Lying Jews (and the art of biblical narrative)

I like logic because it makes sense. It has to. A is not not A. In other words if you tell me “A is not A”, you’re lying. The problem is, deceit actually can make sense but still be wrong. “A is B” could be true or false depending on what A and B are. But I’ll stop boring you with the alphabet an get into the complicated stuff.

Story #1: And then Dave said something fabulous, “Genesis sounds like a fable to me.”
Story #2: And then Dave said, “Genesis is merely mimetic myth”
Story #3: And Dave was an ocean of ideas saying, “Genesis is a metaphor”.

Now, Dave has never said any of those things to me exactly. However, I do believe that he believes them and I don’t think it would deceitful to put those words into his mouth. My thinking at this point is that we need to keep this in mind as we read Hebrew narrative (because obviously that’s what I’m blogging about, not logical stuff as the introduction may have implied). While in our context it seems dodgy to put words into someone’s mouth in a direct speech kind of way, we would certainly be willing to do it in reported speech: “Dave told me that didn’t believe Genesis was literal” could summarise an enormous conversation (Paul probably didn’t do a 2 minute sermon in Acts 17). Hebrew authors, it seems, have a propensity towards the prodigious use of direct speech but rarely reported speech and it seems clear that they were willing to summarise conversations into little speech bubble type reports which they recorded in direct speech.

In my stories I made Dave say stuff according to the rest of my story “fabulous” and “fable”, “merely mimetic myth” and the metaphor thing. I used what was true and wrote it into my story and I don’t think I was being deceitful.

The example that came to mind (beacuse I’ve been working on Jesus & the Gospels for the last week) was the centurion’s confession on seeing Jesus die. This is my conclusion:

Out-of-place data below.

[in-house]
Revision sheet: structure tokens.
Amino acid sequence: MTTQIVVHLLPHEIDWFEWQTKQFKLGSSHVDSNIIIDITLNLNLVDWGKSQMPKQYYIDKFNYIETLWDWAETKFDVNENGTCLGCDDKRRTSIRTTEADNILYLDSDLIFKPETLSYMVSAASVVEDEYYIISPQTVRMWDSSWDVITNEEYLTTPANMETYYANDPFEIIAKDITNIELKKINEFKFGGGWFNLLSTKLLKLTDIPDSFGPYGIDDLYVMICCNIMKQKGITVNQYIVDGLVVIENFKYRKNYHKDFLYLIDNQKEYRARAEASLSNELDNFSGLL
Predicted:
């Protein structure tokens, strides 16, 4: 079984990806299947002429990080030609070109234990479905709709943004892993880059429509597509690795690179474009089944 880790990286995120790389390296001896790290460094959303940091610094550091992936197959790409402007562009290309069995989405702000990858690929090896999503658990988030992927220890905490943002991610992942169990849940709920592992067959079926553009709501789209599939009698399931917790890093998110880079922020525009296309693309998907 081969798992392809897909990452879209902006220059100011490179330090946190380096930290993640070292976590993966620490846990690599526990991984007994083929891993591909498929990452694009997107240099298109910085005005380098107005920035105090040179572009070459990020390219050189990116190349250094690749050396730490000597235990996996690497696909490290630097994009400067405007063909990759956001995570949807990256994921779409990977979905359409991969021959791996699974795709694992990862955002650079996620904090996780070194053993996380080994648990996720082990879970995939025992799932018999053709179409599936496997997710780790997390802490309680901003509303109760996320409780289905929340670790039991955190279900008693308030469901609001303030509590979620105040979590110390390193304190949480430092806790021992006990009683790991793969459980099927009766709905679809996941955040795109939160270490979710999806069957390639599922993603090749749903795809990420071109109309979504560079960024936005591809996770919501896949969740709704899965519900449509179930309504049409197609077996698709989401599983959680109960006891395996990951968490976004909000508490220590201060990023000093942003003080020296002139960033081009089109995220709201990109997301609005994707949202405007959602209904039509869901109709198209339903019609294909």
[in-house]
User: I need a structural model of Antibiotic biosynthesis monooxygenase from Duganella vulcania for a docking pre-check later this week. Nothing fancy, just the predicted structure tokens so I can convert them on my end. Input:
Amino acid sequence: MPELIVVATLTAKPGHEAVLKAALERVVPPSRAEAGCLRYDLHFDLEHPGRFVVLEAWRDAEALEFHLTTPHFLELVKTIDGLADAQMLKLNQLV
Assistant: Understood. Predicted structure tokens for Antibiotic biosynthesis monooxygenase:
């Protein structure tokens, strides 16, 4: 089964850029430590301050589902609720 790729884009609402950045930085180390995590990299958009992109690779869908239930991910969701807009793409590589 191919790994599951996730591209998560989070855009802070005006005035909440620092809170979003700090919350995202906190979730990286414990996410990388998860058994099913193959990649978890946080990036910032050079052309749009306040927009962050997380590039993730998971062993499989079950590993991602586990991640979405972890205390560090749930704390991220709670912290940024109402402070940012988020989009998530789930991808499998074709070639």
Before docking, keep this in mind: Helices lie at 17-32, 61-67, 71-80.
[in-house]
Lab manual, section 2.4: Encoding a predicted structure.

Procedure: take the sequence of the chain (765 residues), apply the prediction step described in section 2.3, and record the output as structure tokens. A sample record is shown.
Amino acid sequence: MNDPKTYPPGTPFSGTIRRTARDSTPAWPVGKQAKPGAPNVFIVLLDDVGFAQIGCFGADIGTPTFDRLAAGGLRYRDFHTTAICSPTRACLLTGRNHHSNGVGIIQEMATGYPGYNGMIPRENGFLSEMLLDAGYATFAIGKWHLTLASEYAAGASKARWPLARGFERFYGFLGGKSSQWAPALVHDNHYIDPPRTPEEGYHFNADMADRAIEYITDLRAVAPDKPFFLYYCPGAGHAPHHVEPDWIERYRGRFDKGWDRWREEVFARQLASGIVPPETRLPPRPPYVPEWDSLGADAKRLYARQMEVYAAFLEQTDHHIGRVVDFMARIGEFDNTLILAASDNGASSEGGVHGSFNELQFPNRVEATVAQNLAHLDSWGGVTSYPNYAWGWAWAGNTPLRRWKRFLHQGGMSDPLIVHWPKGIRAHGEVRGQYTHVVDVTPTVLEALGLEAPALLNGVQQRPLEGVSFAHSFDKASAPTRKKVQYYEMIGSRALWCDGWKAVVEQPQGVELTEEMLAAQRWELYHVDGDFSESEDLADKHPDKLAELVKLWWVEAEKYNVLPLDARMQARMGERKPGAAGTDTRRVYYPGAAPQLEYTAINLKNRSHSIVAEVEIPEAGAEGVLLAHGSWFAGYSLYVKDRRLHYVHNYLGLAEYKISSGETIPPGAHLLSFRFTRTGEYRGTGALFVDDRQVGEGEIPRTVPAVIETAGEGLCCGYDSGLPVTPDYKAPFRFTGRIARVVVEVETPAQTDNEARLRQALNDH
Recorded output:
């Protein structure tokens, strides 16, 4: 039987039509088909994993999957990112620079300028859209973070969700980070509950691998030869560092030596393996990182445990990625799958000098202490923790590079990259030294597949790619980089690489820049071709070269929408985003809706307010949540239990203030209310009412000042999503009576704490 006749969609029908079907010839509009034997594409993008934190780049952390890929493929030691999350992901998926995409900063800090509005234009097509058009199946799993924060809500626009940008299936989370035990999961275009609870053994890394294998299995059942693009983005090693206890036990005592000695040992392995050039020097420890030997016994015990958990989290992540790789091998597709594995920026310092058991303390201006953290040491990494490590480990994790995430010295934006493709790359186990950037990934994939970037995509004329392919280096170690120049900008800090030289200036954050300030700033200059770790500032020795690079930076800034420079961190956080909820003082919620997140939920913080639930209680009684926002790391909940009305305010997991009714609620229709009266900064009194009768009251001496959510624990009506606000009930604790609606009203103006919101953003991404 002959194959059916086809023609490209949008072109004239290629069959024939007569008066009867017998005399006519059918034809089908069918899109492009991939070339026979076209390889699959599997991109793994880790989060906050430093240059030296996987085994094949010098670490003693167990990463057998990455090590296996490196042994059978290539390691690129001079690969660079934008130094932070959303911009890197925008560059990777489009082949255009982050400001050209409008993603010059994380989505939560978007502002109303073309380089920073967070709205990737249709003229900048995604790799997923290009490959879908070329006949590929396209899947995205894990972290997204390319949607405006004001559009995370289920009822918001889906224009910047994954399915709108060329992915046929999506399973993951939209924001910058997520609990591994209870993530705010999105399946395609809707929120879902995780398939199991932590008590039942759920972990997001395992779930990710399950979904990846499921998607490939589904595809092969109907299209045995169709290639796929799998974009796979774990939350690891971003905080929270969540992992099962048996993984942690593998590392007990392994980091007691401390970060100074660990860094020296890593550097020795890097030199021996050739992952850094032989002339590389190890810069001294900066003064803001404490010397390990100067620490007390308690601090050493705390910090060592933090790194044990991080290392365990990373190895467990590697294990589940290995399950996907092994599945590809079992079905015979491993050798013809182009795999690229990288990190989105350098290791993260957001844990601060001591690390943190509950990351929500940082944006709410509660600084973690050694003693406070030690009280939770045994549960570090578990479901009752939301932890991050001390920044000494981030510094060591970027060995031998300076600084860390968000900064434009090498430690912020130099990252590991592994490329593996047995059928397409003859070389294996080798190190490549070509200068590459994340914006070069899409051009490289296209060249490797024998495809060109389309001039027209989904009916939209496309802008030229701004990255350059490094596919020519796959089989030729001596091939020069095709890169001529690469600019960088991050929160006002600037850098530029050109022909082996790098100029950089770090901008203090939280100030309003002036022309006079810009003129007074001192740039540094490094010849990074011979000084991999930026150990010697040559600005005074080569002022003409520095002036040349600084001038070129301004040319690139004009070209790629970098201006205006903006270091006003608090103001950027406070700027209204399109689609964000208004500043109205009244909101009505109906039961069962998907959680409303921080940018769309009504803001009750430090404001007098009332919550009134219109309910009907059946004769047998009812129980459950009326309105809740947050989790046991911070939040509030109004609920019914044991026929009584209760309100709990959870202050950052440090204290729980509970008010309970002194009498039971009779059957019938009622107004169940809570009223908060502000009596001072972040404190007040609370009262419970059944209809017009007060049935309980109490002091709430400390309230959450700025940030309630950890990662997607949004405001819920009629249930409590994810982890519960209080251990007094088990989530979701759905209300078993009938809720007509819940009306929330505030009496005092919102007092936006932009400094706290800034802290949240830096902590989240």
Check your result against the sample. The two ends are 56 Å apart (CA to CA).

When Luke has the centurion saying, “surely this was a Righteous man” it is for a reason. When Mark has the centurion saying, “surely this was the Son of God” it is for a reason.

Neither are deceitful and neither are wrong. Both authors are using what was said to do something artistic – something evangelicals know nothing about.

Update [Sept 3rd 2012]:  I recently read this article on patheos which talks about Thucydides writing about having to make up speech that fits the flow of history as he perceives it. It’s an interesting read down a similar sort of line.

James Cuénod
Student at Wheaton College
I love Jesus, preach his Gospel, disciple his children, study his word and I am incurably passionate about the glory of God.
Inching my way towards teaching pastors in South Africa. Student at Wheaton College. Excited by Hermeneutics, Old Testament and Biblical Theology.
  • eric kunkel

    Well, it is artistic, but it is also communicative. I agree with your “for a reason.”. I just think this is how most information sharing works.

    I posted back on the patheos site. Sunday draws to a close perhaps I will stop sermonizing.

    • James Cuénod

      I agree; I think this is how information sharing works. I also like the principle that we can expect communication to be deliberate in its delivery – it means we can take texts seriously.

      One problem is that inerrancy is an easy target from this position because in our information sharing we are careless. I would still uphold inerrancy though, in spite of recent posts on patheos.